While White consistently denies that his songs are inherently about him, there is at least a shred of truth to the accusations. The songs originate with him and therefore carry some part of his being. It is entirely possible, and most likely true, that White’s songs are mostly separated from himself, but as you’ll hear when you listen to the album, Jack often forms the bedrocks of his tracks on his life and plays around with the story a bit.
Below, find a track-by-track review of Lazaretto, White’s most recent, and possibly most eclectic, album.
Blind Willie McTell is one of Jack White’s most prominent influences and “Three Women” clearly shows as much. The lead-off track on Lazaretto, “Three Women” borrows from McTell’s “Three Women Blues” which includes the following:
Got three womens. Yellow, brown, and black.
I got three womens, yellow, brown, and black
It’ll take the governor of Georgia
To judge one of these women I like
The opening of White’s “Three Women” goes as follows:
Yeah, I got three women
Red, blonde, and brunette
I got three women
Red, blonde, and brunette
It took a digital photograph to pick which one I like
The song is a fun blues rock number that starts off White’s second solo album the way most would expect. His strength has often been telling stories and evoking blues and soul, and this track capitalizes on such. Like on Blunderbuss, there is a definite “Nashvillian” element to the song.
“Lazaretto” is really unlike any other songs released by any of Jack’s projects. The album’s eponymous track builds upon a bluesy funk guitar riff and drums, incorporating White’s staccato vocals and modified-keyboard melody. The first line, “my veins are blue and connected” conjures images within White’s new monochromatic aesthetic. Obviously, with the White Stripes the scheme was black, red, and white. With White’s solo career, it’s been blue. Lots of blue.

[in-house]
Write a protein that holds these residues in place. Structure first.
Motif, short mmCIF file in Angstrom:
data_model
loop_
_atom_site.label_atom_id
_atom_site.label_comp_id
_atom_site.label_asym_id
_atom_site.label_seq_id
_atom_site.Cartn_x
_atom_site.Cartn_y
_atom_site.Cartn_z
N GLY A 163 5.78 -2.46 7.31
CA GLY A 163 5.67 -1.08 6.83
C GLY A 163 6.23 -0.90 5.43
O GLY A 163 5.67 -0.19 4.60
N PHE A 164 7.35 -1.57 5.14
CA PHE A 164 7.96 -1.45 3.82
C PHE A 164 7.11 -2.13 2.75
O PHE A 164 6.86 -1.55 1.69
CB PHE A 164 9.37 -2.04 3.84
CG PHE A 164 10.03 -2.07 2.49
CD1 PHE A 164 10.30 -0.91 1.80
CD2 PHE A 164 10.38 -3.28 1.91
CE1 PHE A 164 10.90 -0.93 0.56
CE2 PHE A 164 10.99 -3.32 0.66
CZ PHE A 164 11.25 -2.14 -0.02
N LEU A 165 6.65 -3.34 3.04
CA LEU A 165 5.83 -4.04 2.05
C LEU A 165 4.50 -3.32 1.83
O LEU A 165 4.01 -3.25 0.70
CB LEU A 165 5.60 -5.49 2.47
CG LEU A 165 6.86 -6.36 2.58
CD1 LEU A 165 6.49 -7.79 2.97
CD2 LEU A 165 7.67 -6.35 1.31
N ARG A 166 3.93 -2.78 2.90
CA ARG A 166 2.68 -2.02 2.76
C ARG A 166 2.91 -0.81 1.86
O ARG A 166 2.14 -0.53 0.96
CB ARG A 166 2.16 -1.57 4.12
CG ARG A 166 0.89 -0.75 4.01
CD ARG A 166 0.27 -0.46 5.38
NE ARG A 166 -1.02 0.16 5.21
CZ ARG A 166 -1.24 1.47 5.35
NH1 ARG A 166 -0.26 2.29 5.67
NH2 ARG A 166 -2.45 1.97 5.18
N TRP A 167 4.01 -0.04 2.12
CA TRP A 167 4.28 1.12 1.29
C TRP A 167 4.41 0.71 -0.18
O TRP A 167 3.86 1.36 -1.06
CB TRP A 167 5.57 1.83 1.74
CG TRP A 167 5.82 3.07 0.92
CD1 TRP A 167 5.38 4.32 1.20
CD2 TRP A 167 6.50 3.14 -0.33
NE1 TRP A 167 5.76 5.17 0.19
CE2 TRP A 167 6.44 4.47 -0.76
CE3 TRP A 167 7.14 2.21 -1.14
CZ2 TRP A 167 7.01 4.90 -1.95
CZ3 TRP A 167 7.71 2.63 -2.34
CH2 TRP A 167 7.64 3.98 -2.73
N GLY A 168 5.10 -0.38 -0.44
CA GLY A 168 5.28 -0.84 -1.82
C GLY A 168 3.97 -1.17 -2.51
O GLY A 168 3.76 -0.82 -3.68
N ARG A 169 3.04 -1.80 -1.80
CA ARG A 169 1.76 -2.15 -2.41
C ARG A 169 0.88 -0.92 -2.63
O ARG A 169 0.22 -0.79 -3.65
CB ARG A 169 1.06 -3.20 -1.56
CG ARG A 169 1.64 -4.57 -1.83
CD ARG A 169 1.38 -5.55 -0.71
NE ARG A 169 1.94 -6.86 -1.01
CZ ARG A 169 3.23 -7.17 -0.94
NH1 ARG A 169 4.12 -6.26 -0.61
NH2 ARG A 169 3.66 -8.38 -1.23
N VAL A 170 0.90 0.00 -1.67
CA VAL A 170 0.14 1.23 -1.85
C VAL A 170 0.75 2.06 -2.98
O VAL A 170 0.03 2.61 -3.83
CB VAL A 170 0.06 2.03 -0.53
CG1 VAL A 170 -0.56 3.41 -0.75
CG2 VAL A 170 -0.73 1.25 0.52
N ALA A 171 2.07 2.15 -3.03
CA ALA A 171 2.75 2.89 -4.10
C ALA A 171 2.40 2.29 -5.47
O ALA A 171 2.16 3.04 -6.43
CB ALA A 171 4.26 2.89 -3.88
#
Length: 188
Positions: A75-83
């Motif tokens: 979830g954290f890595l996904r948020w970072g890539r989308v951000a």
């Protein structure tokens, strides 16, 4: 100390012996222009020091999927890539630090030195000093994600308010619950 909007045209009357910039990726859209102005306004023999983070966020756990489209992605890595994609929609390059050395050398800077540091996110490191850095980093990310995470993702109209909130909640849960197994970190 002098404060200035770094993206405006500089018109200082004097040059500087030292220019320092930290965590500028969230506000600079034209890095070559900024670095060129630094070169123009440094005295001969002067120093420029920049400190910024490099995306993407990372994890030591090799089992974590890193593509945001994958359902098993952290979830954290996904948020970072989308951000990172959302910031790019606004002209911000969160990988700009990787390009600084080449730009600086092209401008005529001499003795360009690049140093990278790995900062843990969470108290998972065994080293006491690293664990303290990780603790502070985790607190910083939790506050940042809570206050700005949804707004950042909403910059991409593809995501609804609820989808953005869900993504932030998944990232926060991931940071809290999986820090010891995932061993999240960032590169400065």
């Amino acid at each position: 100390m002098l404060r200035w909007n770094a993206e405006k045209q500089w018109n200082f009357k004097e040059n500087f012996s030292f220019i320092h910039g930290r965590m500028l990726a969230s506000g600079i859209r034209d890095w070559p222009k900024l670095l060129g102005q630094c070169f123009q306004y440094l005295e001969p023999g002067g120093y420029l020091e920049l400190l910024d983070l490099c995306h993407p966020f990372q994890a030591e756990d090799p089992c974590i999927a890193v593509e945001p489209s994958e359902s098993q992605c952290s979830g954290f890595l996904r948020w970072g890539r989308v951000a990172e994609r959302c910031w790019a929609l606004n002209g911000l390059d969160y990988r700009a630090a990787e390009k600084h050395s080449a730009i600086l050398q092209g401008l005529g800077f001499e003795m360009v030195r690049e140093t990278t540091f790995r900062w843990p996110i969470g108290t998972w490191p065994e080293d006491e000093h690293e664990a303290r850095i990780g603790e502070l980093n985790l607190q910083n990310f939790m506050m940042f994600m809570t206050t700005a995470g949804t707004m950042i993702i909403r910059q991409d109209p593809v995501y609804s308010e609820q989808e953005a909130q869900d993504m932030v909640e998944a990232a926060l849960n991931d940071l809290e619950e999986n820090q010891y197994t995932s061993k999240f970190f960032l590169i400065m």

The song (and this is obvious) is centered on a lazaretto. A lazaretto is a special quarantined area for people suffering from leprosy. In this song, White or White’s character, feels ostracized and cursed. They know where they are but lack the ability to do something about it. Or so it seems.
The character miraculously shakes “God’s hand” and seemingly escapes this prison. Jack’s character cannot be knocked out. As he said, “I’m so Detroit I make it rise from the ashes.” A play on Detroit’s motto “We hope for better things; it shall rise from the ashes.”
This track surprised me. I thoroughly enjoyed Blunderbuss, and there were plenty of country-infused moments in that album, but for whatever reason I was not ready for this very country song. Let me clarify: not country in the state it’s currently in. This is more classical country which is why, after a few listens, the song began to grow on me despite me not being a fan of country music. As should be expected for a classic country song, the fiddle, piano, and acoustic guitars play large instrumental parts to the track.
Jack’s vocals are backed by an angelic twang-y voice, offering a near perfect complement to the Third Man. Instead of yelling or projecting his voice, Jack offers a balanced, soothing vocal performance that – if given the chance – is a winner.
Would You Fight For My Love?
It’s unfortunate this track did not come out a couple years ago because this song would have been perfect for Quentin Tarantino’s Django Unchained. “Fight for My Love” has an eerie aura that surrounds it. I could see the track being played as Jamie Foxx’s character was montaged on his quest for Broomhilda.
The song begins with a sustained eerie electronically-generated sound and drums. Next, the piano chimes in, offering a single circuit of chords until the guitar comes in with a basic one note-to-chord transition, evoking the feeling of a spaghetti western.
High Ball Stepper
I don’t have much to offer on this instrumental power house. Jack White’s guitar prowess is extremely unique. Some believe he is one of the greatest living guitarists, while others view his playing as a sham, mostly bolstered by elaborate gimmicks. I happen to be of the former opinion (simply because of his resurrection of the blues rock genre), but I think everyone should find “High Ball Stepper” enjoyable.
Many will remember that White released “Stepper” as his first single on the day he announced Lazaretto. The song and corresponding music video invigorated fans and created an unparalleled energy.